Diplomat visits city on U.S. tour

La Verne Mayor Jon Blickenstaff proudly presents the plaque which holds the key to the City of La Verne to Dr. Nicolaevich Chilingarov, Russia’s parliamentarian vice president. His interpreter (right) Kevork Kherlopian stands proud as Blickenstaff translates the meaning of the key. / photo by Brian Murphy
La Verne Mayor Jon Blickenstaff proudly presents the plaque which holds the key to the City of La Verne to Dr. Nicolaevich Chilingarov, Russia’s parliamentarian vice president. His interpreter (right) Kevork Kherlopian stands proud as Blickenstaff translates the meaning of the key. / photo by Brian Murphy

by Rosie Sinapi
Editor in Chief

Symbolizing peace and friendship, the City of La Verne hosted Dr. Arthur Nicolaevich Chilingarov, vice president of Russian parliament on Mon­day.

Dr. Chilingarov’s visit was to include a 10-day visit incorporating several cities in California. Due to problems in Chechnya, he returned to Russia Tuesday to preside over an emergency parliament meeting.

“He wanted to stay and honor his commitments which was to visit La Verne because he thinks as an expression of gratitude that he needs to come and give thanks to the people of La Verne,” said Dr. Garbis Der Yeghiayan of Mashdots College and chair of the Rotary Club’s International Com­mit­tee.

Yeghiayan was instrumental in bringing Chilingarov to La Verne. His visit was highlighted by a peace conference held last weekend at California Institute of Technology.

While Chilingarov was in La Verne he talked one-on-one with Bonita High School students, visited City Council Chambers and toured Le Roy Boys Home and Hillcrest Homes.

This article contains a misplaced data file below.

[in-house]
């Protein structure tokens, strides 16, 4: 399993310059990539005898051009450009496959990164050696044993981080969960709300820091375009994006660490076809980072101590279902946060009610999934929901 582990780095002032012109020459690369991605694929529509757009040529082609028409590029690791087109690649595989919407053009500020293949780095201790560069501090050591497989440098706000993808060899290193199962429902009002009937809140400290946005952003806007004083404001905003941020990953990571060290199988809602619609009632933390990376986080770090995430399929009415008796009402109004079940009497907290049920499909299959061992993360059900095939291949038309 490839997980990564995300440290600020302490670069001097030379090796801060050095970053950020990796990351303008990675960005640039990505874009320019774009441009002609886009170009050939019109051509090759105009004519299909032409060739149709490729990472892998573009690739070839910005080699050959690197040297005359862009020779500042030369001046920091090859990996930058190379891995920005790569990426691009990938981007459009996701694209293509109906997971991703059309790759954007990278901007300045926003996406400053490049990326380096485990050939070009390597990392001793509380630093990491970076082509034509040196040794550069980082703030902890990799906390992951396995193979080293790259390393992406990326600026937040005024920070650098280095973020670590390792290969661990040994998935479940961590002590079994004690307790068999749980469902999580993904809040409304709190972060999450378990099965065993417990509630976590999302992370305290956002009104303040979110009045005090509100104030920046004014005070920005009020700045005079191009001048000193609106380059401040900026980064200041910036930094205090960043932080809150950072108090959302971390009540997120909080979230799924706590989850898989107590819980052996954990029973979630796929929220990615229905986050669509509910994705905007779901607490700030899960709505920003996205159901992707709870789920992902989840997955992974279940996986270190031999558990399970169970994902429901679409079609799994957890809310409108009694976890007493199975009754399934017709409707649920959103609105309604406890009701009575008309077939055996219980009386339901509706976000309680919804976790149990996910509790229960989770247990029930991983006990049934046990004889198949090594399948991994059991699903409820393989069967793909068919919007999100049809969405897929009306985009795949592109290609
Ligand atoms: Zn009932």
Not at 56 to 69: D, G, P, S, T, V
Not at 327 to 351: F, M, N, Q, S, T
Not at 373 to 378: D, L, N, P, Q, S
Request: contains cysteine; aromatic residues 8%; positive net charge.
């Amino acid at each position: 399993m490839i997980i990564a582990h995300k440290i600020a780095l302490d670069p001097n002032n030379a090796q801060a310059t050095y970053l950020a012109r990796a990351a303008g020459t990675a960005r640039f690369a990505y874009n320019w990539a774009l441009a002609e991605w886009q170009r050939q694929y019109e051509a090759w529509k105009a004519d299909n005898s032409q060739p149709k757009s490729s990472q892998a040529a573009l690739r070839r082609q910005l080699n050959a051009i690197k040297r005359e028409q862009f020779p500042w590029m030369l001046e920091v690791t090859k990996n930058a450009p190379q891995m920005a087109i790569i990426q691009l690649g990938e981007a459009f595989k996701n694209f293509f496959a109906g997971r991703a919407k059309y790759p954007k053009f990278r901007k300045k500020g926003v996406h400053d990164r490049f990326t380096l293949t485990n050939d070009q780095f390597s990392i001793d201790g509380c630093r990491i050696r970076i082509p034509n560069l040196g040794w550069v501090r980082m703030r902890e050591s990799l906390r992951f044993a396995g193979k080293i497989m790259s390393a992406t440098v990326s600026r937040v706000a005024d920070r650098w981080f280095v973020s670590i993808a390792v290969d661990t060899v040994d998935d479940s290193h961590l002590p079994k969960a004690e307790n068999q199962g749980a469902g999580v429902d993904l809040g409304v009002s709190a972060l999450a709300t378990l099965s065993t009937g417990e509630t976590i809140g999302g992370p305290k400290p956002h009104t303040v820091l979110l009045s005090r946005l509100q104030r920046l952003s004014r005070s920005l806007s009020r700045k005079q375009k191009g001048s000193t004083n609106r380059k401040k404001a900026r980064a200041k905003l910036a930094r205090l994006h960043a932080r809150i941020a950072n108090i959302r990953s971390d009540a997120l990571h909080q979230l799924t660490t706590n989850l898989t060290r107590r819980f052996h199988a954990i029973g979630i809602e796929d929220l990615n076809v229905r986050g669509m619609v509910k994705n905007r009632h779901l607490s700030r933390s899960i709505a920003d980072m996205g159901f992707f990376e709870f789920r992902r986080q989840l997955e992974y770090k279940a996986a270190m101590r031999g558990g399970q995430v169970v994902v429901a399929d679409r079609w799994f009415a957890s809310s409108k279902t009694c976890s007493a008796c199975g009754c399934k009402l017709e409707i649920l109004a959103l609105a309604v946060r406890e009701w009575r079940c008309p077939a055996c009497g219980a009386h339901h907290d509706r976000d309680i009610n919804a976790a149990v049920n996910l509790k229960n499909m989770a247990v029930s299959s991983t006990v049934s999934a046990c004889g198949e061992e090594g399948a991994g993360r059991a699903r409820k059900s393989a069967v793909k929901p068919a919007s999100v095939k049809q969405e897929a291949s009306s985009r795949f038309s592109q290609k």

La Verne mayor Jon Blickenstaff said he was excited about the visit and realized that Dr. Chilingarov was extremely impressed by the Bonita students.

“The high school is the best example of and sense of warmth and support from our community,” said Blickenstaff.

At a mid-afternoon ceremony, Blickenstaff, City Council members and other La Verne representatives presented Dr. Chilingarov with various gifts including the key to the city.

With the help of a translator and his English speaking son, the personable Russian hugged every presenter and kissed every female including a much impressed Carla Sullivan, La Verne Rotary president.

“He has such a personality and disposition to go back to Russia and say that there are people back here who want to have a relationship,” she said.

Robert Rodriguez, La Verne councilman and ULV’s chief of security and transportation, agreed that the warmth of Dr. Chilingarov’s council speech was impressive.

Dr. Chilingarov was equally im­pressed by La Verne’s reception.

“It’s a beautiful, small, clean town with good hearted people,” he said. “People’s attitudes are a lot like those in a lot of Russian villages and small towns. People are the same.”

The smallness of La Verne is one reason why he decided to visit La Verne despite cancelling his other obligations.

“He wanted to visit two cities, Los Angeles which has a sister city with St. Petersburg and La Verne that has a sister city with Etchmiadzin in Armenia. Not only because of that, but because the important role the Church of the Brethren had in 1915 during the Armenian genocide. The church raised a lot of money in support of Armenian forces in Turkey,” said Yeghiayan.

Chilingarov’s visit was instrumental not only for La Verne, but for Russian-American relations.

“This is a big part of history,” said Sullivan. “If you look five years from now, we will come back to this day where he met in a little city in California. There will be a big difference that has been made.”

Rosie Sinapi, Editor in Chief
Rosie Sinapi
Brian Murphy

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